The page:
Today it is my great pleasure to take part in the blog blitz for Moonlight on the Thames by Lauren Westwood, on behalf of Rachel’s Random Resources. My thanks go to the author for providing the advance copy for review. Here is what the book is all about.
Worlds collide when two strangers meet at Waterloo station. It’s a moment they’ll never forget.
Nicola is a star at the top of the corporate ladder, but her personal life is a disaster. Her office affair has run its course, and the last thing she wants to think about is Christmas. A night of cancelled trains and festive Christmas carols at Waterloo Station is the last straw…
Dmitri loves conducting his pop-up choir during the festive season, meeting people, and spreading joy and cheer around London. But he carries deep secrets from his past that robbed him of his dream to become a concert pianist.
Can two lonely hearts and souls be unlocked by music and moonlight and will they discover the healing power of love?
Perfect for the fans of Milly Johnson, Debbie Johnson, Sarah Morgan, Karen Swan and Heidi Swain.
If there is one thing I often need after reading all of the crime books that tend to dominate my kindle, it is a book that will give me that feel good factor. Moonlight on the Thames gave me exactly that and more, with a story that was sometimes humorous, often poignant and overwhelmingly romantic, all set against a back drop of Christmas good cheer.
There really isn’t a lot I can say about the plot of the book without giving away a touch too much. What we are faced with a two seemingly different characters, Nicola, a career driven woman who is tired of being taken for granted by her married lover, and Dmitri, a man with an overwhelming talent but a tainted past which makes it hard for him to move on. When they meet at Waterloo station, there is an instant spark for both of them but with Dmitri full of the joys of the season and Nicola hell bent on avoiding any kind of festive cheer, their introduction is a less than harmonious one. as she looks back on her behaviour, Nicola is horrified by how she acted and seeks out Dmitri to apologise. What follows is a journey of discovery for both of them, taking them down a road they never thought that they would travel, let alone one they would travel together.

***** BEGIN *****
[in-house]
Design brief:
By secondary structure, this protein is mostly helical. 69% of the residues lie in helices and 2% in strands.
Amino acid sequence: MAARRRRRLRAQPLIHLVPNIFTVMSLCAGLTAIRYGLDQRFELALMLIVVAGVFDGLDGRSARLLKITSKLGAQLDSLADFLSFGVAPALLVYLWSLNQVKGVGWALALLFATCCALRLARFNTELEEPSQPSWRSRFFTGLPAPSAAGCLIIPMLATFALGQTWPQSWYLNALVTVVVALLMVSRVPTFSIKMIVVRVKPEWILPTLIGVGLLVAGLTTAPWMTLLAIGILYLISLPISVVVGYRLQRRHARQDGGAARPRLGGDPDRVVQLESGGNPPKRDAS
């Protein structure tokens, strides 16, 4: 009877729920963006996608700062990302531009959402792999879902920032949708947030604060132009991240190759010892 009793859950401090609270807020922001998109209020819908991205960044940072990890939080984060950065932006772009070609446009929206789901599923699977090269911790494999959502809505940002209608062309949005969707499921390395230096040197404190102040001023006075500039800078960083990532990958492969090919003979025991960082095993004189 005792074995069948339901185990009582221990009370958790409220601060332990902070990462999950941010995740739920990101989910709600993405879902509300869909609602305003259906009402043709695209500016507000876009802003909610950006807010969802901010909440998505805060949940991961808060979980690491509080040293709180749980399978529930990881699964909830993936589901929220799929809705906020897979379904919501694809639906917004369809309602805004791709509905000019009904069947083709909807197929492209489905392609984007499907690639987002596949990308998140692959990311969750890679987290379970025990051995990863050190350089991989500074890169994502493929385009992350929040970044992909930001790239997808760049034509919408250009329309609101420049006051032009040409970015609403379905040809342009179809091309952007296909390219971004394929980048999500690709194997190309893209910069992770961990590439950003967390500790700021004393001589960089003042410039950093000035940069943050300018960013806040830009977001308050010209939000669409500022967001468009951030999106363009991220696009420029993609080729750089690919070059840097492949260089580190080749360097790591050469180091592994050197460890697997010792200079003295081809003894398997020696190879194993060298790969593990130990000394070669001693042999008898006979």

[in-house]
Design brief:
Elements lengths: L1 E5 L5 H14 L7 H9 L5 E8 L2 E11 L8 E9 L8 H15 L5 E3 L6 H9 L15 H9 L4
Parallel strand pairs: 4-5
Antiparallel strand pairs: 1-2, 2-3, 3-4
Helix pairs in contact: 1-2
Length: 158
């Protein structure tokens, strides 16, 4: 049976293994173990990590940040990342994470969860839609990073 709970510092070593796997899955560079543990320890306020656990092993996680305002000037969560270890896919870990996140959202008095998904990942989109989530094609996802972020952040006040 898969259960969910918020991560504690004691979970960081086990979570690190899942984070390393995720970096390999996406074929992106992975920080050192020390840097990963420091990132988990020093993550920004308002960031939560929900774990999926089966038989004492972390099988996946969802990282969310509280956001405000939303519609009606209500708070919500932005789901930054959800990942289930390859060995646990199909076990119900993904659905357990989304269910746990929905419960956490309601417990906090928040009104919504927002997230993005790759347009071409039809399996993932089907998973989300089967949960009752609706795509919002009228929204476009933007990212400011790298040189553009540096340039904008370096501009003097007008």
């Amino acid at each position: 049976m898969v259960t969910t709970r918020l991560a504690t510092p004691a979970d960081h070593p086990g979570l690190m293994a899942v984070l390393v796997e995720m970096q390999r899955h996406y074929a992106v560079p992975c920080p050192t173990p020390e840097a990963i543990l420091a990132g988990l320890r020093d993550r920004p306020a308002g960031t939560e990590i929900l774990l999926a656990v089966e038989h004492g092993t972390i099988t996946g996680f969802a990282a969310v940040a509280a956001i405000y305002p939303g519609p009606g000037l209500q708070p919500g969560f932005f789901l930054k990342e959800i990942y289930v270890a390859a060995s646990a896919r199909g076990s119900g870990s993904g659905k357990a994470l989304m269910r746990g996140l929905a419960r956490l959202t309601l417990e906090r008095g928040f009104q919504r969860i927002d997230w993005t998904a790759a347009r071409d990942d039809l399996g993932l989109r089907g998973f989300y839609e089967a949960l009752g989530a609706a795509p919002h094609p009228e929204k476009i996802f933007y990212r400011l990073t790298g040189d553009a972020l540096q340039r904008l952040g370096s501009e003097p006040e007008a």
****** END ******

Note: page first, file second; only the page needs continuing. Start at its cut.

When we first meet Nicola it is very hard to like her. She is hard nosed, comes across as a little spoilt perhaps, and is most certainly not in the right frame of mind to be audibly assaulted by a group of carol singers on her delayed journey home. And yet … there is something about her, something which stops you from immediately writing her off, and the more we learn about her, the more you understand what has driven the behaviour we see in the early pages of the book.
Dmitri, on the other hand, is the archetypal hero. Dark, brooding, charming and so kind hearted that you cannot help but fall quickly in love with him, and totally understand why Nicola might just follow suit. He has an amazing way with people, even if sometimes their attention is unwelcome, and is a truly talented musician, if only something wasn’t holding him back.
Despite outward appearances, Dmitri and Nicola are actually very similar people. While Nicola may act in a cold and sometimes clinical manner, that doesn’t really show people the real her. Both of them are damaged by their pasts, and both stories are harrowing and heartbreaking in their own way. How they chose to overcome their pasts is understandable, if not necessarily the right choice in the long run, What we see are two lonely and scarred people who need and can redeem each other, if only they will take that not-so-simple leap of faith.
I really liked the way Lauren Westwood has created the emotion within the book. You have those romantic moments between Nicola and Dmitri, tinged with confusion and a strong denial of their feelings. This leeches from each and every page and part of you will probably want to just bang their heads together. If ever you needed an example of the importance of communication then this would be it. There are also the tender moments where each of them opens up to the other about their past which tug at the heartstrings without overplaying the sympathy card. It would be easy to make the situations too tragic but, as harsh as they are, the author has balanced sympathetic edge of the characters with the display of an inner strength and resilience perfectly. Combine this with some fantastic supporting characters, such as Dmitri’s best friend, Kolya, or his sister, Tanya, and you find yourself being drawn right into the heart of their lives, understanding them just as they understand each other, in a way that didn’t seem possible at the beginning.
There is so much more I’d like to say about this book but it borders on spoiler territory so I’m going to stop here. What I will say is that if you are looking for a poignant, romantic and moving festive read that is full of hope, then I would definitely recommend this book. Fabulously festive stuff.
If you would like a copy of Moonlight on the Thames for yourself, it is available from the following retailers:
About the Author
Lauren Westwood writes romantic women’s fiction, and is also an award-winning children’s writer. Originally from California, she now lives in England in a pernickety old house built in 1602, with her partner and three daughters.